Wednesday, July 14, 2010

Remember My Name

Last week, we explored some of the ways you might use backing vocals in an improvised song. This week we have an example, where the supporting cast do a great job of providing backing vocals for a solo song.

Have a listen to the scene featuring Remember My Name, then we'll discuss it.

In the scene, Luke Allan explores Napkin Ring, his character from ImproMafia's musical Worst Side Story. This scene immediately followed The Hoity Toitys - Napkin Ring's new gang member buddies have just left the stage, and he has some time on his own.

The previous scene more broadly set the tone for the gang. This one does a great job of setting up Napkin Ring as a wide-eyed enthustiastic dreamer. It is more personal than the previous scene; Luke really opens his character up to the audience.

This song is where one of the themes of the show (one of the tropes from West Side Story) shines through - that everything can change in a single day. Luke sets up a series of reprises with one small bit of song:
Something's gonna change today
In a most extraordinary way
The idea of one extraordinary day came back over and over throughout the musical.

I thought Luke showed a lot of trust in the music here; having just wrapped the previous scene with a song, I wasn't expecting another one to come along so soon. At a certain point in this scene, Luke paused and gave the sense that he might be ready to burst in to song. I opened with a very sparse backing that didn't really strongly suggest a tempo or style, and Luke deftly inserted the opening line.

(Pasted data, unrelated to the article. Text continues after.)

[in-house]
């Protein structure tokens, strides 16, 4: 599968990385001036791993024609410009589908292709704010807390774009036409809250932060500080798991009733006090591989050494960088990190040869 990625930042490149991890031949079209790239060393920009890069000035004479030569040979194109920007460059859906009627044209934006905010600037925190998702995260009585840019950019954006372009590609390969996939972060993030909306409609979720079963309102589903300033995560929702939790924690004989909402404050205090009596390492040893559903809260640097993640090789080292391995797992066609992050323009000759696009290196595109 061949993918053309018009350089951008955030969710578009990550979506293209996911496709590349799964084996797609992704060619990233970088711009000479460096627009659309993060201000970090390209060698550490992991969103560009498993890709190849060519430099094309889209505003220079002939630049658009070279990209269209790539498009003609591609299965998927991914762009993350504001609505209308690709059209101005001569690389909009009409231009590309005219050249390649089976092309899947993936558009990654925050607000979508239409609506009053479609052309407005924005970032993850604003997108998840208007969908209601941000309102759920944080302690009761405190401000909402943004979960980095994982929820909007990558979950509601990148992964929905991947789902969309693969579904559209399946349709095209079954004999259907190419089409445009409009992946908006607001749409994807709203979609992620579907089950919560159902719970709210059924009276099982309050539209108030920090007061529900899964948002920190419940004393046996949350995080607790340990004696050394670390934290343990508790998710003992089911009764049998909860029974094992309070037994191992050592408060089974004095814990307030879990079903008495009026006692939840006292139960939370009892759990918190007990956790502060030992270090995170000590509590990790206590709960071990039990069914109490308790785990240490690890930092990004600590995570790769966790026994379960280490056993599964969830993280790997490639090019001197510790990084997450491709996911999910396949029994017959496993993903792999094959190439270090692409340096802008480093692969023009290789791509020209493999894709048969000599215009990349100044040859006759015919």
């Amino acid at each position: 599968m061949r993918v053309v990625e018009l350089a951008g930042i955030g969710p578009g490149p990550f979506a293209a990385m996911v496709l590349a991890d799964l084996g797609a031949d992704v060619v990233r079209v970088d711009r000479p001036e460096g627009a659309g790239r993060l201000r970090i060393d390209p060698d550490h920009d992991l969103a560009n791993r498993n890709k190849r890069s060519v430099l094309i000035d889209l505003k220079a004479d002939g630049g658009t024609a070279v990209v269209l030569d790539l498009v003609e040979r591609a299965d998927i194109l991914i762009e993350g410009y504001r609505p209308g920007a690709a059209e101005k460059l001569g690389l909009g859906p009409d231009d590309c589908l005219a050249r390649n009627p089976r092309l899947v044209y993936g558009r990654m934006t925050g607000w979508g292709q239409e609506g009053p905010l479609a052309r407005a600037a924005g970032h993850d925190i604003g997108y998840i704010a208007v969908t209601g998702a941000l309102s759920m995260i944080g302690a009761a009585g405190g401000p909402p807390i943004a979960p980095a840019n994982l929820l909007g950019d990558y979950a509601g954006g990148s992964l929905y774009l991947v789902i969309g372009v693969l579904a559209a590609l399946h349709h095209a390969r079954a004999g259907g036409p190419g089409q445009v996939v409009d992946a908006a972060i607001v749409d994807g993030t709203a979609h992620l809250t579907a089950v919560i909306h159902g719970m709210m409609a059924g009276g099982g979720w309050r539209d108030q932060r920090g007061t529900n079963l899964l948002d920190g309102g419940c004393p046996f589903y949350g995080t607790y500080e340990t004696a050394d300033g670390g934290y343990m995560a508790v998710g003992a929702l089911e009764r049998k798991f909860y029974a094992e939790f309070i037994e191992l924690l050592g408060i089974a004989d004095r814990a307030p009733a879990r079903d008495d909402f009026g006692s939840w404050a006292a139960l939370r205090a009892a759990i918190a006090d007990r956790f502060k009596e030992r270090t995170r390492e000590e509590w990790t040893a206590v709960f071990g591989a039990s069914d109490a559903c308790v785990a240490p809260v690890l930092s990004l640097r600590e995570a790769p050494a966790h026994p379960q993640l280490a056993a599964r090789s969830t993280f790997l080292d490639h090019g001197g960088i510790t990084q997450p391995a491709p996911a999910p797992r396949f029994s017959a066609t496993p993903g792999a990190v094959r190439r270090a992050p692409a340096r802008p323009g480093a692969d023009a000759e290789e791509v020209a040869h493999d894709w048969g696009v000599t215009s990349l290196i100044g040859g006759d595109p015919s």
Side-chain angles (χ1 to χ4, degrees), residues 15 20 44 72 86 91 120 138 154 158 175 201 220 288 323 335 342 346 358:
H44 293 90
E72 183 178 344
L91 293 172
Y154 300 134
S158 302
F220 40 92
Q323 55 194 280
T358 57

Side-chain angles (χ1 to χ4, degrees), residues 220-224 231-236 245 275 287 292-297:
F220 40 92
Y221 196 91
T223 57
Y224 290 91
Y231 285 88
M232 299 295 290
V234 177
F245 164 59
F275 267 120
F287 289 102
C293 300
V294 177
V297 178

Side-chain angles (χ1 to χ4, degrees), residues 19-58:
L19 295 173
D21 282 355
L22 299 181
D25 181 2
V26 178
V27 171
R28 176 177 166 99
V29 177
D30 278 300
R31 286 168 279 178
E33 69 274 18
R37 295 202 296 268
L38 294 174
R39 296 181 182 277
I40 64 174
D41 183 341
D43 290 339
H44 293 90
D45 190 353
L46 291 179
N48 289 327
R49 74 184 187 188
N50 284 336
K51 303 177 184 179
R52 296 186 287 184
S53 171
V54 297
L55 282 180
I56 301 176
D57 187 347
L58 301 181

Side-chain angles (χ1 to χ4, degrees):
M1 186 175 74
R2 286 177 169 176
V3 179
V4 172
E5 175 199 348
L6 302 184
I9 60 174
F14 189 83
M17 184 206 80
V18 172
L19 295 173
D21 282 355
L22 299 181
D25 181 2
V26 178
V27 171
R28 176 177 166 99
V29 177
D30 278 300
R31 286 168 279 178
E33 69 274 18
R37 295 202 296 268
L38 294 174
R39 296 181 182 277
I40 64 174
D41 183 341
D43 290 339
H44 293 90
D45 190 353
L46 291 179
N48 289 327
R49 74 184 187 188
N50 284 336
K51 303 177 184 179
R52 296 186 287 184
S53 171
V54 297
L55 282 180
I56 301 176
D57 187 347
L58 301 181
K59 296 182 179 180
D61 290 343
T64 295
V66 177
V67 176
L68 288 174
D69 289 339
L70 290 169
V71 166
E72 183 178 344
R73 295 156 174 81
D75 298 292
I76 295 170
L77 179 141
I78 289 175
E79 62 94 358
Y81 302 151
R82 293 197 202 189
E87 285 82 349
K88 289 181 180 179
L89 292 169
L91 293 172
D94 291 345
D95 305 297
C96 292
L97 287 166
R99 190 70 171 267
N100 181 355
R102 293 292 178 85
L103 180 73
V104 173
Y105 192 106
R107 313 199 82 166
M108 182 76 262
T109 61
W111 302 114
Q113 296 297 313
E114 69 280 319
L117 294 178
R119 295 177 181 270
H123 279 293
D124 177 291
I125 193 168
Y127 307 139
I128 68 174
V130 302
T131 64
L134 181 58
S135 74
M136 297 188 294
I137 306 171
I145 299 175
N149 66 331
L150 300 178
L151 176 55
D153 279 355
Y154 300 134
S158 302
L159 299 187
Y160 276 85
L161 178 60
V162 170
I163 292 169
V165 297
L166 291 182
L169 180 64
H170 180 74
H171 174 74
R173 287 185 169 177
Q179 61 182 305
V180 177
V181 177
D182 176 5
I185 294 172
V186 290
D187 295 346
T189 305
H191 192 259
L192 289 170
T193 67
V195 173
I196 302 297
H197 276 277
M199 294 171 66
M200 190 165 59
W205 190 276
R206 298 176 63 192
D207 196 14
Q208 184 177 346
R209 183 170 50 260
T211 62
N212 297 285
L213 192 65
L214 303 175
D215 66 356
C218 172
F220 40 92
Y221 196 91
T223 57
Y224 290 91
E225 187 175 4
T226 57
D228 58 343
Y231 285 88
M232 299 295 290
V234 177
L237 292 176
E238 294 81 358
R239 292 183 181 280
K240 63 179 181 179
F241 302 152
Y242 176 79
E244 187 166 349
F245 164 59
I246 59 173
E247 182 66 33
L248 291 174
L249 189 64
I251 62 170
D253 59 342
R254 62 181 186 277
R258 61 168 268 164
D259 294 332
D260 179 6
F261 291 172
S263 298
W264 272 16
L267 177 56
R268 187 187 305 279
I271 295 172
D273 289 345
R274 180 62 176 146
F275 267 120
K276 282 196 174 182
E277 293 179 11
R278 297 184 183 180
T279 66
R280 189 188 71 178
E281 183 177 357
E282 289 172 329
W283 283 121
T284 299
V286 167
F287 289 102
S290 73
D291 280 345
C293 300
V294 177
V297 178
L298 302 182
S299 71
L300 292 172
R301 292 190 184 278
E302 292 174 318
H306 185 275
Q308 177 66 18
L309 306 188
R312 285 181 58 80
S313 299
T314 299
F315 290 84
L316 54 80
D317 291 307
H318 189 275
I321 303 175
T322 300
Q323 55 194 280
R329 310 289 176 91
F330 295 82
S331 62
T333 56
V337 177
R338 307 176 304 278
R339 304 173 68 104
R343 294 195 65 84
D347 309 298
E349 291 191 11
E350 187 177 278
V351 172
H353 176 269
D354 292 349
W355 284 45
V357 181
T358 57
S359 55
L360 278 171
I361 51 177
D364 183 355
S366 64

Backing vocals


There were a few folks backstage providing backing vocals during the song, but you can clearly hear Tom Dunstan setting the tone and driving them. You can hear a few different types of background vocals as the song progresses.

As Luke sings "The future's ahead of me", you can hear the folks backstage doing shapeless backing, primarily aahs. There's a sense of more than one voice back there, and it's even hard to pick their pitch, but they certainly add more weight to the song, helping it as it builds.

Once Luke gets to the chorus, Tom and co weave around the main vocal with their "Hoity Toity" line. The timing and melody of the backing is so cheesily perfect that they get a laugh from the audience. They manage to lag the bar so they can react to the music, wherever it may go.

Right at the end, when Luke sings "Remember my name", I remember thinking I was going to leave that last chord unfinished, just hanging there. Tom and the backing singers came in with a perfect "Remember his name" line, to slowly and decisively close the song.

Photo by Al Caeiro

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